The term antisemitism itself, which as we have seen was coined in the specific context of the late 19th century in Germany, poses several problems that require elaboration and exploration. To begin with, since the term was coined to present Jew-hatred in a more socially legitimate and scientific light, it conceals the fact that the targets of this hatred were actually Jews. Instead it purports to oppose “semitism”, a meaningless term borrowed, as Professor Michman explained, from the realm of linguistics. The self-styled antisemites used the word, which was supposed to apply to language use rather than origin, in a racial way. Thus “semitism” referred to an imagined non-existent Semitic “race”.
In addition, this misleading definition of the word makes it sound as if antisemitism denotes a hostility against all those speaking Semitic languages, such as Arabic and Amharic. However from its earliest usages it was patently clear that antisemitism denoted a hatred of the Jews alone, and that no other group was included in it. Beyond this semantic issue, the term antisemitism poses additional problems. A major question that arises is whether it is correct to use a word that was coined in the specific context of Europe in the late 19th century when dealing with an apparently wide range of seemingly disparate anti-Jewish feelings, acts, rhetoric, and perceptions.
Is it not problematic to use the same term when addressing hostility towards Jews in 1930s Europe and when addressing it in the Middle Ages? Does it imply that there is a connection between these phenomena? Let’s hear more about this and other problems the usage of the term antisemitism may pose. So the question is what is the utility of the term antisemitism? And there are two kinds of objections to it. The first is that antisemitism is a kind of sledgehammer term for something that requires far more detailed and nuanced examination.
It doesn’t, for example, take into account differences between what might be called “rational” and “irrational” hostility towards Jews, and it doesn’t take into account the immensely varied mutations of irrational hatred towards Jews across millennia and so on. That’s one kind of problem. The other kind of problem is that antisemitism has a kind of ideological value as a term and it’s enlisted in political arguments in a way which is intended more to sloganize than to neutrally describe realities. The objections to the use of the term antisemitism have generated much scholarly and public debate. There are those who avoid usage of the term completely. Some instead, use terms such as Judeophobia, Jew-hatred, anti-Jewishness and so forth.
There are others who use the term together with a specific adjective in order to differentiate between a variety of time periods, ideologies, cultures, and expressions. Thus they refer to Traditional Antisemitism, Minor Antisemitism, Genocidal Antisemitism, Redemptive Antisemitism, and Racial Antisemitism among others. Let’s ask ourselves - what is then the utility of the term antisemitism when dealing with the history of Jew-hatred? My own view is that the term has continuing utility. People understand what it means and of course if it’s used without further elaboration, then it can be misused.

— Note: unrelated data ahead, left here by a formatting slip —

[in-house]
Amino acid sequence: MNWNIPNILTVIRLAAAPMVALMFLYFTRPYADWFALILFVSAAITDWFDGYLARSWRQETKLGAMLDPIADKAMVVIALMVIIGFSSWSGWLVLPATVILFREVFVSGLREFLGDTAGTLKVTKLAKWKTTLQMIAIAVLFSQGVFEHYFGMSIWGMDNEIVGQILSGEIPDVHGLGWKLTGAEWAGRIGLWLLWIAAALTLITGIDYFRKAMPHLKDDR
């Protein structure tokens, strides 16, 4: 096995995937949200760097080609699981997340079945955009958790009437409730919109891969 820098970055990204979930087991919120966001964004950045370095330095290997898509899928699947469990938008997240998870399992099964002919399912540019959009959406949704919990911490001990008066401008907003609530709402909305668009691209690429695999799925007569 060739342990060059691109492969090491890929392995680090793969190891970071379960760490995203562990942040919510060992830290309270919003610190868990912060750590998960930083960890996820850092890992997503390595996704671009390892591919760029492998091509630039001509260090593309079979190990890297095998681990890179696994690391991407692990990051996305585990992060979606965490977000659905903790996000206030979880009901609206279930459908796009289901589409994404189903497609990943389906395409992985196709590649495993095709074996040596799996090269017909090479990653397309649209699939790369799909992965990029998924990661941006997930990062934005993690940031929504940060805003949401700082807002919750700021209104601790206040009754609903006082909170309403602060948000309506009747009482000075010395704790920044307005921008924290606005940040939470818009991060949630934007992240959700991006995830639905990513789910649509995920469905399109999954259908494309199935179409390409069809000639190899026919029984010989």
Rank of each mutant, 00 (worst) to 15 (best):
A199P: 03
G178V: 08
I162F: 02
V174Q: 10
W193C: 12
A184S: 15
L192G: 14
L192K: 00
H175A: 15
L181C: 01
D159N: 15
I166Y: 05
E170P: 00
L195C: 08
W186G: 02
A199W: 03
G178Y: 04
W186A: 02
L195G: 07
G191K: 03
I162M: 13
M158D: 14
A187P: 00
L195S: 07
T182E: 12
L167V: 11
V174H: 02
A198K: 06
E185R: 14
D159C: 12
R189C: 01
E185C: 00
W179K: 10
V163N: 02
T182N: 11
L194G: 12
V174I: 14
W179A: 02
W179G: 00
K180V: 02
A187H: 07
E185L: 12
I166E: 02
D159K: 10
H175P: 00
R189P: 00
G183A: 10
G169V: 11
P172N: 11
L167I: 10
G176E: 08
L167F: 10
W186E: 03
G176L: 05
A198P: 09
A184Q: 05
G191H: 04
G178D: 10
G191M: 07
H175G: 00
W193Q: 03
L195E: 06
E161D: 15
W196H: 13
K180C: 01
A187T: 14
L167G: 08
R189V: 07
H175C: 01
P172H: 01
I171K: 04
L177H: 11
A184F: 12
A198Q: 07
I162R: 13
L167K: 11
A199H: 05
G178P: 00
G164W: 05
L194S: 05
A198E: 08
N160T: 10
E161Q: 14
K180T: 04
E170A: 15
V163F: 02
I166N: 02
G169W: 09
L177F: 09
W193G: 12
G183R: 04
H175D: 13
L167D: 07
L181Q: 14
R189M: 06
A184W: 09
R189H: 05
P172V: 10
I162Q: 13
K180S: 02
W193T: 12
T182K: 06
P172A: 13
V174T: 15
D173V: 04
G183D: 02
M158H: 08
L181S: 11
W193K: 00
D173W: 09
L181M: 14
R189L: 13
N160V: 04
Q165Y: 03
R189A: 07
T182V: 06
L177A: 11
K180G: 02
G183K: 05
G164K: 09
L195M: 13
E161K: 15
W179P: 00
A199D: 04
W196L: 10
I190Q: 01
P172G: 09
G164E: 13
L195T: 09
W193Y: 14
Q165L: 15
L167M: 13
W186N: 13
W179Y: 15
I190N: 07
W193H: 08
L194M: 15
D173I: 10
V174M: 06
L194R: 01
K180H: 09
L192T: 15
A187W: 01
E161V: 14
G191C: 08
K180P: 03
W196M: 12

But to altogether deny access to it, use of it, is to surrender an argument which is very important, and that argument is that Jews are the object of a particularly and specifically irrational hatred, which is of a character which is unusual to them. If we dissolve the term antisemitism into a broader term, such as racism or the more obscure term heterophobia, hatred of the other, then we lose that historical specificity. There is a general subject of Jew-hatred and the word antisemitism has come to denote that idea of Jew-hatred. So essentially it’s more how people understand the term, as opposed to what it might intrinsically mean. Jew-hatred’s changed over the centuries of course. It’s deeply rooted and it’s changed.
It’s been religious. It’s been social. It’s had racial ideas in it, political ideas. It’s changed but again there are some constants to it, and the main constant has always been that the Jew is different from the rest of us, from us. He’s the outsider. He’s the consummate outsider. I think that’s a constant in all of the ideas of Jew-hatred. So we can certainly use the term antisemitism. We have to understand that it’s not the perfect term. As Prof. Julius and Dr. Rozett state, even if there was no direct relation between the various manifestations of anti-Jewish animosity across time and space, one cannot ignore the common object of hatred of these seemingly disparate phenomenon - the Jews.
Moreover, as will become clear to us throughout the course, the perception of the Jews as ultimate “others”, together with shared and interconnected stereotypes, canards, and hostile imagery, appear to stand at the basis of this hatred’s various expressions. This is not to say that all manifestations of this hatred are alike, as each is greatly affected by specific factors that change according to period and society. The commonalities however are many and crucial. Before we turn to explore the roots and expressions of antisemitism, let’s take a moment to better acquaint ourselves with its target - the Jews.